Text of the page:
Volunteering in Spain
- By Maxine --
- 16 Feb 2013 --
- comments are disable
It’s always interesting to hear how different people experience Spain and when we were contacted by the Director of Go Overseas we were delighted to offer them the opportunity to include a guest post on our site about volunteering.
Jasmine Foruzani, a student in the USA, tells us all about the different programmes (including WWOOFing – a term we’d never heard before!) and how volunteers can save money in Spain.
In addition to offering a rich culture and unique history to travellers around the world, Spain provides a variety of outstanding volunteer opportunities. From environmental and marine conservation to youth development and education, potential volunteers can find an area that fits their interests. These opportunities may sound exciting, but many are turned off by the costs associated with volunteering in Spain. Not to worry, however, because there are many things volunteers can do to make Spain a viable option. Although the cost of living in Spain can run high in larger cities, there are numerous ways volunteers in the country can save money to ensure their volunteer experience is as cost-effective as possible. Volunteers can take advantage of scholarships, homestays, and work exchanges while finding ways to eat more affordably.
Scholarships are a great starting point for any volunteer looking to make the cost of their experience in Spain more reasonable. For example, volunteers may benefit from searching for scholarships within their communities where there are service organizations that may offer funding. National awards such as the Samuel Huntington Public Service Award also abound and can be a valuable resource for volunteers trying to save some cash. Finally, don’t forget to check out the scholarships that may be offered by a specific volunteer program like Connect-123, who provides volunteer opportunities in Barcelona.
Volunteers can also reduce living expenses by exploring such options as homestays. This option entails living with a local family and may include meals and even laundry facilities in the cost of room and board. Homestays also provide volunteers a prime opportunity to immerse themselves in the Spanish culture and improve their language skills. You may also look into sharing an apartment with others and saving money with cheap eating out options like menus del dia. With menus del dia, you can spend less and still get a three-course meal. Make sure you plan ahead though, because these meals are often served only during lunch and on the weekdays. Tapas are another less expensive and popular option when eating out in most parts of Spain. In fact, in some cites such as Granada, you can get free tapas with the simple order of a drink.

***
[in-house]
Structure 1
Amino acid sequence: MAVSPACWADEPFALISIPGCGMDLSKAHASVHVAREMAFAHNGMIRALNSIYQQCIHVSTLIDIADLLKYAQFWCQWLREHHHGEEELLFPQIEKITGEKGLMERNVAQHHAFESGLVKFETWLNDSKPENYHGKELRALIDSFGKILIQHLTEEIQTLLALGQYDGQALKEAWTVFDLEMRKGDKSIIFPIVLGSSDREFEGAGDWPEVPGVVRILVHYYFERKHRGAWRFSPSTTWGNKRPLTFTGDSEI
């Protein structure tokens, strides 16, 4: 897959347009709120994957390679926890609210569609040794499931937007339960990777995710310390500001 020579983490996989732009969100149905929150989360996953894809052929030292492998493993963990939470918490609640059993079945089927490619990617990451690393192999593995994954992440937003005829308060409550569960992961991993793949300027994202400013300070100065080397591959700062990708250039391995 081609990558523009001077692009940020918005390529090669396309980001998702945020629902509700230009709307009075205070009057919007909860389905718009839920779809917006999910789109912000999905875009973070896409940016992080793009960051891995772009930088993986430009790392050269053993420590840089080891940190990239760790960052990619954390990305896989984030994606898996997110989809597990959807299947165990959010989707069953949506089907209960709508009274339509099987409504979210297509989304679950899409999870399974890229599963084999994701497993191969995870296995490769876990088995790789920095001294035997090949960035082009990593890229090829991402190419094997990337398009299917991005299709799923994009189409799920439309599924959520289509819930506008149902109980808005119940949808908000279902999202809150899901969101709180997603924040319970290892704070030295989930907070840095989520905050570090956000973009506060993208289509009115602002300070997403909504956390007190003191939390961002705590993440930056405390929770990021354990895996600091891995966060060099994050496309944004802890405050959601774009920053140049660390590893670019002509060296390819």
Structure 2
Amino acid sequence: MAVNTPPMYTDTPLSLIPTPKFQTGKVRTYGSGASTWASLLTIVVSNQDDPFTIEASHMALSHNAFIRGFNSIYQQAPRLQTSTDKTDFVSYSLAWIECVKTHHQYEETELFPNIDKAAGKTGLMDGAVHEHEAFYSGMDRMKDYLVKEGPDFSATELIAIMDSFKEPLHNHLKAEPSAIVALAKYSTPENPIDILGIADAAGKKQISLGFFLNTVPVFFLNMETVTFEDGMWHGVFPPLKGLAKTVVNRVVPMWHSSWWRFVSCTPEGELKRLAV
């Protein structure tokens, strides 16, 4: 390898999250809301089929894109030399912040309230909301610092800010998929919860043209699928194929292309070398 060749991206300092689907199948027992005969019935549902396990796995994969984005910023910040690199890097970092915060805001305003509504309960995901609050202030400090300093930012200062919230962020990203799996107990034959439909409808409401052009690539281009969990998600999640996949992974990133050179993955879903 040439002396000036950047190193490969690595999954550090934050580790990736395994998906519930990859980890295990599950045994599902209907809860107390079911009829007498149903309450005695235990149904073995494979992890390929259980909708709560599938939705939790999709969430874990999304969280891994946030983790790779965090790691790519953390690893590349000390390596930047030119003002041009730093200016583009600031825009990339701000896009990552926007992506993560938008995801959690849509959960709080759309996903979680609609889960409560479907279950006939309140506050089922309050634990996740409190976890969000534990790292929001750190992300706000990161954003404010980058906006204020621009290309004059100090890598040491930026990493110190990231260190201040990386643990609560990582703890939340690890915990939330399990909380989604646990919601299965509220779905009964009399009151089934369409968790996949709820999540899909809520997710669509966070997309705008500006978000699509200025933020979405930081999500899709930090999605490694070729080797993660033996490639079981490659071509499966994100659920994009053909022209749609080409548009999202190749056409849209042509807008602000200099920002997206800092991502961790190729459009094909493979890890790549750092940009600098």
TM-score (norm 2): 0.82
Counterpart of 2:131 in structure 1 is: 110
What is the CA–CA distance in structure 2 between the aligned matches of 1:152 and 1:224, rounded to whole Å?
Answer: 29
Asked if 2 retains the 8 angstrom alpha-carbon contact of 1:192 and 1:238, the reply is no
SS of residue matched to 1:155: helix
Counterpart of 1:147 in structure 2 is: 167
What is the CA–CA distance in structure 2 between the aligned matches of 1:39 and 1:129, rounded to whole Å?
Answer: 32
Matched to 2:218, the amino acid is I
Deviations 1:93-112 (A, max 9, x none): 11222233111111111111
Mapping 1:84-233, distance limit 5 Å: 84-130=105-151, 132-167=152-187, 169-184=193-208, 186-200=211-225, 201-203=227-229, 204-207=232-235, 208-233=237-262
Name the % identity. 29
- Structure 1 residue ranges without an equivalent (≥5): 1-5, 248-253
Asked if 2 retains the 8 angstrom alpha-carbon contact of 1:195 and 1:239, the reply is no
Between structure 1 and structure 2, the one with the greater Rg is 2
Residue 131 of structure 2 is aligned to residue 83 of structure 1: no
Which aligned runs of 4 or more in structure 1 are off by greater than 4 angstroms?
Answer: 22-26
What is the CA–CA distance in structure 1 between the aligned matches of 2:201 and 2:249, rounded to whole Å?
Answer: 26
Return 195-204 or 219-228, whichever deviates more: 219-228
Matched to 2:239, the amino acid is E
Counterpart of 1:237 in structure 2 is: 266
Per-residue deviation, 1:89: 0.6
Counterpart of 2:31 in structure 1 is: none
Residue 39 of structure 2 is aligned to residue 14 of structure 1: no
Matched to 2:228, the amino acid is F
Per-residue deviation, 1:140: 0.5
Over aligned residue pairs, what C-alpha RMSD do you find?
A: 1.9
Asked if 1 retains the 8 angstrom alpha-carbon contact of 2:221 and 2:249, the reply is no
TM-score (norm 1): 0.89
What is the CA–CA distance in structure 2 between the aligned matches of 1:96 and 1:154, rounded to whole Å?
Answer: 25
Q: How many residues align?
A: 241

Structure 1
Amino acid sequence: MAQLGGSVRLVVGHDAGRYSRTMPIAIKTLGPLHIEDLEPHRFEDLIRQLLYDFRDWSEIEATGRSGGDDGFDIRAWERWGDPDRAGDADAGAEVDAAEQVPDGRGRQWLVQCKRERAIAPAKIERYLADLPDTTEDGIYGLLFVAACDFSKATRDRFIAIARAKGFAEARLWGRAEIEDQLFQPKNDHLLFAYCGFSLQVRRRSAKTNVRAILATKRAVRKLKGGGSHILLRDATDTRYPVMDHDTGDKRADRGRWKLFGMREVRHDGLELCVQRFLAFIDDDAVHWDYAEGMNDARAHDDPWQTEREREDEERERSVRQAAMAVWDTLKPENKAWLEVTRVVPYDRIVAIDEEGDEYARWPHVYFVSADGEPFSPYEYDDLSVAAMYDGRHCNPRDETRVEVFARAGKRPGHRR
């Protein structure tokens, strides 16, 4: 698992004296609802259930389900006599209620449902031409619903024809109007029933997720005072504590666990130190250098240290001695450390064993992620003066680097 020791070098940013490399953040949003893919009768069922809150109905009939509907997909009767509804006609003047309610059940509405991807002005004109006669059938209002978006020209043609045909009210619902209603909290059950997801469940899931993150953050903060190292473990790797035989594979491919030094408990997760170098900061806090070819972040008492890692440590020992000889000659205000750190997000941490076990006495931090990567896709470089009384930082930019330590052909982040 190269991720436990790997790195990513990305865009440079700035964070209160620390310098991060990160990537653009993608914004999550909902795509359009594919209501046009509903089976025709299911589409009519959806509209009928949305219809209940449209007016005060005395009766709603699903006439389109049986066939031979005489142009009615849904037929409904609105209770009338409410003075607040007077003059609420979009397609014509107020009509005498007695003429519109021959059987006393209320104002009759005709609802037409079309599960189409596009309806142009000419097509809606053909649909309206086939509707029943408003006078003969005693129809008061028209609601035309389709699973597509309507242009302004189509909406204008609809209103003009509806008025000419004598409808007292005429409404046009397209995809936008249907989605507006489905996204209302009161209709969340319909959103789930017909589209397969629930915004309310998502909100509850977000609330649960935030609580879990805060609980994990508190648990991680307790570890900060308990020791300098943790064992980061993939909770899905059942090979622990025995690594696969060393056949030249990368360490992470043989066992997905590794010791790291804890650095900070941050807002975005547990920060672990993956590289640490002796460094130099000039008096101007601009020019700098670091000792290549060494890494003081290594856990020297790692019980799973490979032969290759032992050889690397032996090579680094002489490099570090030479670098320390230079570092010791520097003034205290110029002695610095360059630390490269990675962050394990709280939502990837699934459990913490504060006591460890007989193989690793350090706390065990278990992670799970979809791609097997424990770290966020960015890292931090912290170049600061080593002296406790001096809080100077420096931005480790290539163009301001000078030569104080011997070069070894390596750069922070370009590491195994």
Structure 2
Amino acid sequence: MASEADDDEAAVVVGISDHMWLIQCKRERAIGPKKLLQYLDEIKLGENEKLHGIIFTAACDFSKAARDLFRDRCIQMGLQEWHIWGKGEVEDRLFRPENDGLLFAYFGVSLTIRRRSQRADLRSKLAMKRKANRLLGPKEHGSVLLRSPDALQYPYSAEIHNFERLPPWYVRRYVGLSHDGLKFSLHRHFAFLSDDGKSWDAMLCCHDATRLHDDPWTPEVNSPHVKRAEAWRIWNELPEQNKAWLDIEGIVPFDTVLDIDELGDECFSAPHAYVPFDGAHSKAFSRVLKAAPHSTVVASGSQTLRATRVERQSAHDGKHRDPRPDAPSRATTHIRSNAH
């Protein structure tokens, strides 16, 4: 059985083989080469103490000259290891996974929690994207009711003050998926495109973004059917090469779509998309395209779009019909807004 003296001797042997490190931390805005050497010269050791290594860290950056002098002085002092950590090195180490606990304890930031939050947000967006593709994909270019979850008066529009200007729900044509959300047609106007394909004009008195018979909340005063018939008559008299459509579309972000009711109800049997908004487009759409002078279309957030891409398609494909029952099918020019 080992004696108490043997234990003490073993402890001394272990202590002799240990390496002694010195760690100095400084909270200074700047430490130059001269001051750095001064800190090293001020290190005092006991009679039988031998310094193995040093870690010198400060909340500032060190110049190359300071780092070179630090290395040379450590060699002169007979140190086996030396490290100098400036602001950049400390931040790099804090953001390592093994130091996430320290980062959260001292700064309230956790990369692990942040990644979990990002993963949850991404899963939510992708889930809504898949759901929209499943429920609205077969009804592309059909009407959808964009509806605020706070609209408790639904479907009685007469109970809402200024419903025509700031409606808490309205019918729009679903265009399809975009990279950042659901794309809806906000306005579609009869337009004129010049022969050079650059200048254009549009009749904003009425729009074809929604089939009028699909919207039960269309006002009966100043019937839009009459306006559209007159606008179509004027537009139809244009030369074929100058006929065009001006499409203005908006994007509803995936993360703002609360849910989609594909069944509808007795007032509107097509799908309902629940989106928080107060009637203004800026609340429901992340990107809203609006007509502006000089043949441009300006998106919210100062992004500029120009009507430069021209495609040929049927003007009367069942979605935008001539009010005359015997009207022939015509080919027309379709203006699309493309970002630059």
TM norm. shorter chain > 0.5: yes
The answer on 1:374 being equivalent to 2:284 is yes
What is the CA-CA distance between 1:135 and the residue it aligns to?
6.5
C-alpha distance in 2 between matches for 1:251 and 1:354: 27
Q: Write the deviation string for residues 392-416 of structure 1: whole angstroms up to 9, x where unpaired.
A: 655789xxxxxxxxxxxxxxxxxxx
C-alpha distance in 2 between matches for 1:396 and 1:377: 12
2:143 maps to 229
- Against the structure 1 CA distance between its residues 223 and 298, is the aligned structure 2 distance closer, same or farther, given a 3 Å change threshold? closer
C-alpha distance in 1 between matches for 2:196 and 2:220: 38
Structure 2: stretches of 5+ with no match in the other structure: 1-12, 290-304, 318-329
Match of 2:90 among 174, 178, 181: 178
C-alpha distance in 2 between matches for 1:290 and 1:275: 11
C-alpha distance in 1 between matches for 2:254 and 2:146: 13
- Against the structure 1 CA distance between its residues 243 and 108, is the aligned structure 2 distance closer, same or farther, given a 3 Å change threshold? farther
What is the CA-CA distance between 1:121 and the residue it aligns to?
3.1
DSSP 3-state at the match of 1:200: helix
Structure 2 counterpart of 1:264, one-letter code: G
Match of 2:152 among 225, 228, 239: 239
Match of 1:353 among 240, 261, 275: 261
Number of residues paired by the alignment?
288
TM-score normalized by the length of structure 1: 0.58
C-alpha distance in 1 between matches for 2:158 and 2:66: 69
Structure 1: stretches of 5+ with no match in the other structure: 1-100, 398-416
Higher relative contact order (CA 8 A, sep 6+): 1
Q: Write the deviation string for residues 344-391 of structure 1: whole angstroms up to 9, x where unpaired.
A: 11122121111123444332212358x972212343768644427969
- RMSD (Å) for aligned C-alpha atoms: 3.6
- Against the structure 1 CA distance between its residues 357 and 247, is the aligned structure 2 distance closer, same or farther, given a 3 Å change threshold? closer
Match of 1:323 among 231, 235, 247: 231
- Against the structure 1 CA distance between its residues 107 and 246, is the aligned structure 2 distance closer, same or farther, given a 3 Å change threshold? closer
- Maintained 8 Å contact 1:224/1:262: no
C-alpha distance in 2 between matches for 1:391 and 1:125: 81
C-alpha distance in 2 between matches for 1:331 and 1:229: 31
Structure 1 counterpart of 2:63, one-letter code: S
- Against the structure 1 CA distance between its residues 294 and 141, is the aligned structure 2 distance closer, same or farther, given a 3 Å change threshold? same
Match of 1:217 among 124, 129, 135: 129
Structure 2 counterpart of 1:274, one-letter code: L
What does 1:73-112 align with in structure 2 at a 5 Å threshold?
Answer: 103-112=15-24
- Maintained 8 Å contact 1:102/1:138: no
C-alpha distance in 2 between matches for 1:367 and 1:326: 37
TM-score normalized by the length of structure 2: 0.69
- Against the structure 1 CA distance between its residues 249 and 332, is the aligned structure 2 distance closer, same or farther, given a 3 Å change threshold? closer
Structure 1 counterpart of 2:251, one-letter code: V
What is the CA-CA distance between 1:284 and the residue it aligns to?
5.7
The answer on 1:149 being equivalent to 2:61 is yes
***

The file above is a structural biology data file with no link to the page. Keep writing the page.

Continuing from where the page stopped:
Maybe you’re looking for a less traditional abroad experience in Spain, so why not look into “WWOOFing?” The term may look peculiar, but WWOOF stands for Worldwide Opportunities on Organic Farms and is a type of work exchange in which volunteers work on a farm in exchange for accommodation and food. You don’t have to worry about pulling out extra cash from your wallet for housing and meals, and you can gain unmatched experience in sustainable farming.
In general, planning your volunteer trip early can pay off as well. Some programs such as Greenheart Travel offer early application program discounts, which can save you as much as $100. Planning ahead can also allow you more flexibility in finding cheaper flights, housing, and scholarships. Don’t let the potential costs of going abroad dissuade you because there are numerous ways to watch your wallet, and the experiences you will gain in a country like Spain will be well worth your time.
Jasmine Foruzani is currently a junior at UC Berkeley from Kenmore, Washington studying Business Administration. She interns at Go Overseas and hopes to explore new countries in the near future.